The 1972 novel Cyborg probably isn’t well-known now, but everyone knows the mid-70s TV show it inspired, The Six Million Dollar Man. The show often dealt with serious subjects, but (much as I loved it) its sometimes cartoonish sound effects and slow-mo undercut its dramatic punch. Caidin’s novel plays it straight. Steve Austin survives a horrendous plane crash and is rebuilt with super-advanced prosthetics without his permission, and his reaction is anything but heroic. He’s recruited as a special operative against his will, and the story is an earnest examination of psychological pain and divided loyalties. Cyborg wasn’t the first story to describe the military application of high-tech prosthetics, but it does create a pretty cool James Bond vibe in its second half that’s much more adult than the TV version.

By Martin Caidin,

Why should I read it?

2 authors picked Cyborg as one of their favorite books, and they share why you should read it.


Book cover of Mindplayers

Freddie A. Clark Author Of The Harbinger of Freedom: The Falling Feathers Series, Act I

From my list on cyberpunk hackers, cyborgs, and dystopian societies.

Why am I passionate about this?

Although I write Fantasy, I’m a Cyberpunk enthusiast who mentally lives in the high-tech effed-up future authors and artists imagined in the ‘80s. My imagination has been so influenced by Cyberpunk since I watched (and eventually read) Akira as a kid that I ended up creating a Fantasy world with a retro-futuristic, low-life/high-tech vibe, and a lot of motorcycles. An awful lot. I’m also a rebel by heart and a queer person, hence my stories always feature a fight against society and LGBTQ+ characters. I like reading about dystopias, morally grey characters, and dark content. This is what I read, and this is what I write about.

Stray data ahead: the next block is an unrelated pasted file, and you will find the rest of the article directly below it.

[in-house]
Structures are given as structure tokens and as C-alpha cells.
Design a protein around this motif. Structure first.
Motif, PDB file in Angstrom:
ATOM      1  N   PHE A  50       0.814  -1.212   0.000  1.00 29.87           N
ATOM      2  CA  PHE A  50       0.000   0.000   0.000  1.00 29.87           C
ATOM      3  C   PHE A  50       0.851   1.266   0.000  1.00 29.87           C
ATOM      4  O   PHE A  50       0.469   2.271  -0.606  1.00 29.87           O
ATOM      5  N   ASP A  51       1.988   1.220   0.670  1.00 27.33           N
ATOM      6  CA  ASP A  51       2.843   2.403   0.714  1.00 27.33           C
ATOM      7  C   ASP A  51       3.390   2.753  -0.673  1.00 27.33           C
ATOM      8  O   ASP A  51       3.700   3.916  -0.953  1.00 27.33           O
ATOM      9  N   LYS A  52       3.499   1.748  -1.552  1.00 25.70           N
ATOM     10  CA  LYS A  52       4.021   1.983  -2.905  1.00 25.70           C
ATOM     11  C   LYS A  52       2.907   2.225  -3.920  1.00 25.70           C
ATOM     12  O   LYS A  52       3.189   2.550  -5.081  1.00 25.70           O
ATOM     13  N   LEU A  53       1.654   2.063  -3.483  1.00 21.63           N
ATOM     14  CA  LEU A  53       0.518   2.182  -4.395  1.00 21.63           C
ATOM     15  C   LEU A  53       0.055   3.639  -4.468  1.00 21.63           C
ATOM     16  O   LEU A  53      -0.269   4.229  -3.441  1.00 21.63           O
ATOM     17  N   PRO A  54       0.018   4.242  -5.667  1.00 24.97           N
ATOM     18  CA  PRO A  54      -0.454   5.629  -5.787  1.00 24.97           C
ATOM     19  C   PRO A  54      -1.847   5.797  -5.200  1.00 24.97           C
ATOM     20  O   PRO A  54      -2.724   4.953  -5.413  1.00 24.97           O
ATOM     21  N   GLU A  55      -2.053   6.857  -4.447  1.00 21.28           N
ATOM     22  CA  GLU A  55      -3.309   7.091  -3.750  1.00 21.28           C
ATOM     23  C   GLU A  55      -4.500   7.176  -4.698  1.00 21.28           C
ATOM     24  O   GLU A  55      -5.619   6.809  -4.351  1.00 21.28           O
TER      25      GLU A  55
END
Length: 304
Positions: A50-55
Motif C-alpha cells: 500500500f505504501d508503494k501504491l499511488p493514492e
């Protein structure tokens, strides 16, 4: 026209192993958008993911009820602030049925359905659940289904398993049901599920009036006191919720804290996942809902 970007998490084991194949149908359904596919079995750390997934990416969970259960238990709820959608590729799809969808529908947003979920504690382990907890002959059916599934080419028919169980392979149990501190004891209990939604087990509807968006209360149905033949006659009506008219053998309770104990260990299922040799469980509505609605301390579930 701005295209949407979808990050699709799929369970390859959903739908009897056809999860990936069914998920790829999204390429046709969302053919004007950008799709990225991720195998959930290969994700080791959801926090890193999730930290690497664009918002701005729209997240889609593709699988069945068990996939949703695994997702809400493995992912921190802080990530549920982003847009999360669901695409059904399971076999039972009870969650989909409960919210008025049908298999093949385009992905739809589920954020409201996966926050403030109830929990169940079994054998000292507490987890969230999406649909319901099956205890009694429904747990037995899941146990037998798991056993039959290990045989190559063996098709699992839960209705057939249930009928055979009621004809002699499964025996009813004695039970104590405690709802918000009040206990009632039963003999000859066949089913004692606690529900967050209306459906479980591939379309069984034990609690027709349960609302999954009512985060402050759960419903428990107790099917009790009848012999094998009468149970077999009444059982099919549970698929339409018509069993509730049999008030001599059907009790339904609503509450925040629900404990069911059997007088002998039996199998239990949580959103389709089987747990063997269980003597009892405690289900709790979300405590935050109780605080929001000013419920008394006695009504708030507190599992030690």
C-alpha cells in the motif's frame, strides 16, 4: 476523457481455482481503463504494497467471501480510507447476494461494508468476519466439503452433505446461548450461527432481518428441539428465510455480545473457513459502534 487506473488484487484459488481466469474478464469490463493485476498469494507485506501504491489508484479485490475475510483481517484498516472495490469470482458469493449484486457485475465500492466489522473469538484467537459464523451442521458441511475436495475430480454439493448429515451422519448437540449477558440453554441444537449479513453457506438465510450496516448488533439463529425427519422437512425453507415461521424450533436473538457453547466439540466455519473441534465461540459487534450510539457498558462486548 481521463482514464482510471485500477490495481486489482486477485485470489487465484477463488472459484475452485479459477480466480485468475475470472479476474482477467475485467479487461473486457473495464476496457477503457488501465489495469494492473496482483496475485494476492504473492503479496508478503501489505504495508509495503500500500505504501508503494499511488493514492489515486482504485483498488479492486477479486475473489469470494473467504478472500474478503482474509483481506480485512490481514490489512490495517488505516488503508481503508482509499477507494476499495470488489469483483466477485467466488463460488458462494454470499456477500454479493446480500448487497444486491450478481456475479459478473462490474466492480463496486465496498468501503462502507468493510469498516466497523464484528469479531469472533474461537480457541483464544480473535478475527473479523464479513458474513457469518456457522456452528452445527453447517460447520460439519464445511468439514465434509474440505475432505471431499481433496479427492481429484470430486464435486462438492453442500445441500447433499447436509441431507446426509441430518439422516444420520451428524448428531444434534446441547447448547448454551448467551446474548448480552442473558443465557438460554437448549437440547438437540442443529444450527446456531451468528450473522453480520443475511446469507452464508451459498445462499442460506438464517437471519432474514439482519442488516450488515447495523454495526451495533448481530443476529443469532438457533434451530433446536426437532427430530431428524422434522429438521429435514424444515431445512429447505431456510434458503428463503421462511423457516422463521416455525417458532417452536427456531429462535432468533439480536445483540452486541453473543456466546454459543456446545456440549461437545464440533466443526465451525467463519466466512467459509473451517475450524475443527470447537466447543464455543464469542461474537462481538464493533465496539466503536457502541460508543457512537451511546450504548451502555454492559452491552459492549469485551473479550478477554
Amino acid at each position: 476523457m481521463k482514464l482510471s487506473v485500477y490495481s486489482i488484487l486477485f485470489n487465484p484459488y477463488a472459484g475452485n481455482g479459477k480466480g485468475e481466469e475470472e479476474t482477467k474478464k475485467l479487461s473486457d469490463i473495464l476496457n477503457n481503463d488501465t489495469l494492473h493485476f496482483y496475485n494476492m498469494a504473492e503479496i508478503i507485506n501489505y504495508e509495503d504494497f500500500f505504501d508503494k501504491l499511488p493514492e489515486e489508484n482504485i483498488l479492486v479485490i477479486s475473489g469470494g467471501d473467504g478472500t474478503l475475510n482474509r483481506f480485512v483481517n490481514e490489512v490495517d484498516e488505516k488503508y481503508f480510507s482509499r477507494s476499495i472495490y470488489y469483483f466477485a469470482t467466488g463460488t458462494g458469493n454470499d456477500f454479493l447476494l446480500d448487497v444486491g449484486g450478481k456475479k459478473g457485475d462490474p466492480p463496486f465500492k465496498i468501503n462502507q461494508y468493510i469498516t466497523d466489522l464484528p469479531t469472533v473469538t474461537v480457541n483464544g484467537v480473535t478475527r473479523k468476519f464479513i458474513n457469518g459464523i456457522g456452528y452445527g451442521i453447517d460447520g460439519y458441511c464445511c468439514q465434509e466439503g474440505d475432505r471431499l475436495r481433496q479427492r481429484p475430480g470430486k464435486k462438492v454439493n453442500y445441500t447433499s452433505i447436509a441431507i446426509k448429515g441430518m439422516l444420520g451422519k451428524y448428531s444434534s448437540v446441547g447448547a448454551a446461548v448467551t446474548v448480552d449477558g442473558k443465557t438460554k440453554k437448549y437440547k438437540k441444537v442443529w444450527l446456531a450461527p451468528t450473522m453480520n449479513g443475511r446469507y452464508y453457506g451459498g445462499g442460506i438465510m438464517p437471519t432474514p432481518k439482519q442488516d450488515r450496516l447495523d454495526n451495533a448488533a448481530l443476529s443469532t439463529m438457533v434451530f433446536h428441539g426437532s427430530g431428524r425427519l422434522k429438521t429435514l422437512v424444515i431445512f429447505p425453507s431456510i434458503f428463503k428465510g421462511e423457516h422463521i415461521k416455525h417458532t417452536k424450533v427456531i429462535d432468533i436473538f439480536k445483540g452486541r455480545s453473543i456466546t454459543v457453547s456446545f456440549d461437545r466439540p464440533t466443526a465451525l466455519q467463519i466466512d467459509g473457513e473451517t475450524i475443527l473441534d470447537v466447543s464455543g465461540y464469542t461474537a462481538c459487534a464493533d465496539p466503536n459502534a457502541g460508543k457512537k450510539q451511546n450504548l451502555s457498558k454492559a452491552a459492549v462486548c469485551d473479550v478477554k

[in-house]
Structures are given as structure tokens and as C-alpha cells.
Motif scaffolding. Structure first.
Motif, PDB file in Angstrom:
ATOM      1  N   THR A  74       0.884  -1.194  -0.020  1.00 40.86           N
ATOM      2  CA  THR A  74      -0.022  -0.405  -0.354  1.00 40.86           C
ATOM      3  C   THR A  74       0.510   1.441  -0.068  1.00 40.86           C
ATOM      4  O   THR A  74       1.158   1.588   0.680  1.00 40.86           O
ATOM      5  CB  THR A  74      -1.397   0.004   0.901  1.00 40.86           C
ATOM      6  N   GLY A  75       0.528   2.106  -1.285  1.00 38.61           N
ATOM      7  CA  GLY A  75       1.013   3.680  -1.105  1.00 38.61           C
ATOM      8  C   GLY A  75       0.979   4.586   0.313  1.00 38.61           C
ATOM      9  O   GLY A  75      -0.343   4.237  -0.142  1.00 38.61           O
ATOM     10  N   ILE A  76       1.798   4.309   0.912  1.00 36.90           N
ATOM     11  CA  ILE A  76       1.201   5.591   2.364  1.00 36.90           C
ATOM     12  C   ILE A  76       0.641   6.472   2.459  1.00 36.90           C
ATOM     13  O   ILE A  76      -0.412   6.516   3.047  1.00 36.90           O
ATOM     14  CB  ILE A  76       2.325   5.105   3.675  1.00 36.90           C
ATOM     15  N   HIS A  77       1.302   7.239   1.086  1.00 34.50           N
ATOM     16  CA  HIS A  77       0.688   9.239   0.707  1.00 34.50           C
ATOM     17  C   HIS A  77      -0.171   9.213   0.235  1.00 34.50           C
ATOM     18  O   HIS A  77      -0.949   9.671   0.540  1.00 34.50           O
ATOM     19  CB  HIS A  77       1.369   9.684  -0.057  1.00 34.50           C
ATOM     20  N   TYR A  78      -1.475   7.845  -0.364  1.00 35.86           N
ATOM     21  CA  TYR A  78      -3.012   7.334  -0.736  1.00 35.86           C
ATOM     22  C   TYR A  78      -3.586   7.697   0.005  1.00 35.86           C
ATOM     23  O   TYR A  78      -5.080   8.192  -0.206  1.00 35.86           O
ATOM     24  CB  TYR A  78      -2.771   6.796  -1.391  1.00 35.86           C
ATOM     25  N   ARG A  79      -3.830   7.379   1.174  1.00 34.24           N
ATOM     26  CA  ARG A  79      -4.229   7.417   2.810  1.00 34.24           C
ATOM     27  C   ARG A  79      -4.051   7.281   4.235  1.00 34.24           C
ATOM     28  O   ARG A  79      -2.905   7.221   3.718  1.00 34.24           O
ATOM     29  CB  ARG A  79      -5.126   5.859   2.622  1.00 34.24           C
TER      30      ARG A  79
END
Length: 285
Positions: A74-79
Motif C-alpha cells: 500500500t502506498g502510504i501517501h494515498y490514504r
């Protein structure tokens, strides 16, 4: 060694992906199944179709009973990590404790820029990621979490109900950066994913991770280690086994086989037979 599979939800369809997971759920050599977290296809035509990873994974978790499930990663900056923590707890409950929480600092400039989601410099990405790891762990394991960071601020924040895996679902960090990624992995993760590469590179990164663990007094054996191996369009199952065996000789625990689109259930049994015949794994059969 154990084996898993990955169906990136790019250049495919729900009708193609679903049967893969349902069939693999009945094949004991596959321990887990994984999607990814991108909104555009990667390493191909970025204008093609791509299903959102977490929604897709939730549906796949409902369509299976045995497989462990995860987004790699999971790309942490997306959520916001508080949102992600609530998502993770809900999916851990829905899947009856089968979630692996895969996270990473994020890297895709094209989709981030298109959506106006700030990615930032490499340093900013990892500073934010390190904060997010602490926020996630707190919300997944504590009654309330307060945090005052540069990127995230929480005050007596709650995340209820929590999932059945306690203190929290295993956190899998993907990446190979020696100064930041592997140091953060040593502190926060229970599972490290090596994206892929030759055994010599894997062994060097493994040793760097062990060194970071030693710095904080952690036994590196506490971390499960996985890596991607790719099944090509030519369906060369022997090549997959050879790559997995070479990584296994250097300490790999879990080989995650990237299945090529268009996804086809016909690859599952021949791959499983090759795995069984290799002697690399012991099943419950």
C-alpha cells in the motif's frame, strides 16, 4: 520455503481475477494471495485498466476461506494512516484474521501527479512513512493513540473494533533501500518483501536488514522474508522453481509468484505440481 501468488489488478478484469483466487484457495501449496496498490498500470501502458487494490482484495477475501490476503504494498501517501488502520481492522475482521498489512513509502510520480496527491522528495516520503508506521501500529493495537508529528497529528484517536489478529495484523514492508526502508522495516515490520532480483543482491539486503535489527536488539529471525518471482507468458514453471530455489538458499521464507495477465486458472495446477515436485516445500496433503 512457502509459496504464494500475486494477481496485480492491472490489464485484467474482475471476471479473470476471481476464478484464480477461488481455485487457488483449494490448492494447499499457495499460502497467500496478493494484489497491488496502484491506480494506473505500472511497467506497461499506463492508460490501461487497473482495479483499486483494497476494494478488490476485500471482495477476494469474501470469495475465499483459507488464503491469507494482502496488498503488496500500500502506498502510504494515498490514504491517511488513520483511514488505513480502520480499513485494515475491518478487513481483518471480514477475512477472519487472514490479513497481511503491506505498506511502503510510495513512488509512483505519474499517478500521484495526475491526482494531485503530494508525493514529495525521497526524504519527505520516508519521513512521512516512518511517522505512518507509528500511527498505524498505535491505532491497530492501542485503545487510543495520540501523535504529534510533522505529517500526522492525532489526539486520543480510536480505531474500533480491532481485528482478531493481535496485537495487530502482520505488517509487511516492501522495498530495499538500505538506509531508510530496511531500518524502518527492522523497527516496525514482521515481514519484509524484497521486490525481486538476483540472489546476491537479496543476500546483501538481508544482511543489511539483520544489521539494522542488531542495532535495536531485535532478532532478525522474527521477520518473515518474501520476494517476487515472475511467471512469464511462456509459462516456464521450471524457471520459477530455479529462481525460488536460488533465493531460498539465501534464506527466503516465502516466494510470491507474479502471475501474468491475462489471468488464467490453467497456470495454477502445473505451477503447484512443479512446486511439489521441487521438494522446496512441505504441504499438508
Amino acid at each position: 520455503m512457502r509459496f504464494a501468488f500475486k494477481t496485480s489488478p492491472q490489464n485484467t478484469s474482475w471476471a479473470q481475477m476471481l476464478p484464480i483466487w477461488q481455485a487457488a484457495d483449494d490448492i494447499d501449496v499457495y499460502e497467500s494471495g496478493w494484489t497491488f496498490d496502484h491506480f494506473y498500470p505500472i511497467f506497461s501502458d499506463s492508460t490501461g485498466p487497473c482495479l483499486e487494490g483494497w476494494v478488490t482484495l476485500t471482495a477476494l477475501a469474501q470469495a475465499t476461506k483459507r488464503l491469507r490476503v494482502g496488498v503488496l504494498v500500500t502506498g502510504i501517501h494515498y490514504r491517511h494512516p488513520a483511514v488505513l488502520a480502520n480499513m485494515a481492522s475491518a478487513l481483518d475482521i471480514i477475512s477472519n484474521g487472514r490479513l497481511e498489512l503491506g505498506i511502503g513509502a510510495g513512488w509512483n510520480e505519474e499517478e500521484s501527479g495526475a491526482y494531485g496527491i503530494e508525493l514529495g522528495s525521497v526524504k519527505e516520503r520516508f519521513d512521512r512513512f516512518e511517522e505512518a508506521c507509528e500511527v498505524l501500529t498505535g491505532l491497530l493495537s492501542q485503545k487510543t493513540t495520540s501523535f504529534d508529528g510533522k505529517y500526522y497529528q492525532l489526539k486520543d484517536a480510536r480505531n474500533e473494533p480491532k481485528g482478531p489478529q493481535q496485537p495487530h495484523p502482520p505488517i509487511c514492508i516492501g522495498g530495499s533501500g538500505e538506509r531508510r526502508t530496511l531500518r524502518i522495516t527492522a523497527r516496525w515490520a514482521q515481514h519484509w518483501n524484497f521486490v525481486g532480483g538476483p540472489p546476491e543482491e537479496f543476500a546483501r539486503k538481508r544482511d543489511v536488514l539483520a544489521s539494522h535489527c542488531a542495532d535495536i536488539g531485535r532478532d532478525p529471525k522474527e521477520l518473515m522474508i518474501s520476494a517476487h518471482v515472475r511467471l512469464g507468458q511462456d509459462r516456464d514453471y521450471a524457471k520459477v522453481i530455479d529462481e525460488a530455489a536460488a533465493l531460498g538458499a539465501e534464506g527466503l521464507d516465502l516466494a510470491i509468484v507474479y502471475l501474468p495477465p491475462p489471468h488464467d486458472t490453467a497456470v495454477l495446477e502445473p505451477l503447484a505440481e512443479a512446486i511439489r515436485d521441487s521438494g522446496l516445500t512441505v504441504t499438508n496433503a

Freddie's book list on cyberpunk hackers, cyborgs, and dystopian societies

Freddie A. Clark Why did Freddie love this book?

Pat Cadigan is one of my favourite authors. Mindplayers is a short book, bizarre and strange but fascinating as per Cadigan’s style. The main setting here is the human mind. The protagonist is forced to become a Mindplayer, a sort of state-controlled psychologist who jacks into people’s minds in order to cure them. This book makes you wonder how vast the world inside your head is, and if your thoughts and memories really belong to you once a government takes control of them. There’s even Brain Police involved, what can be more dystopian than this?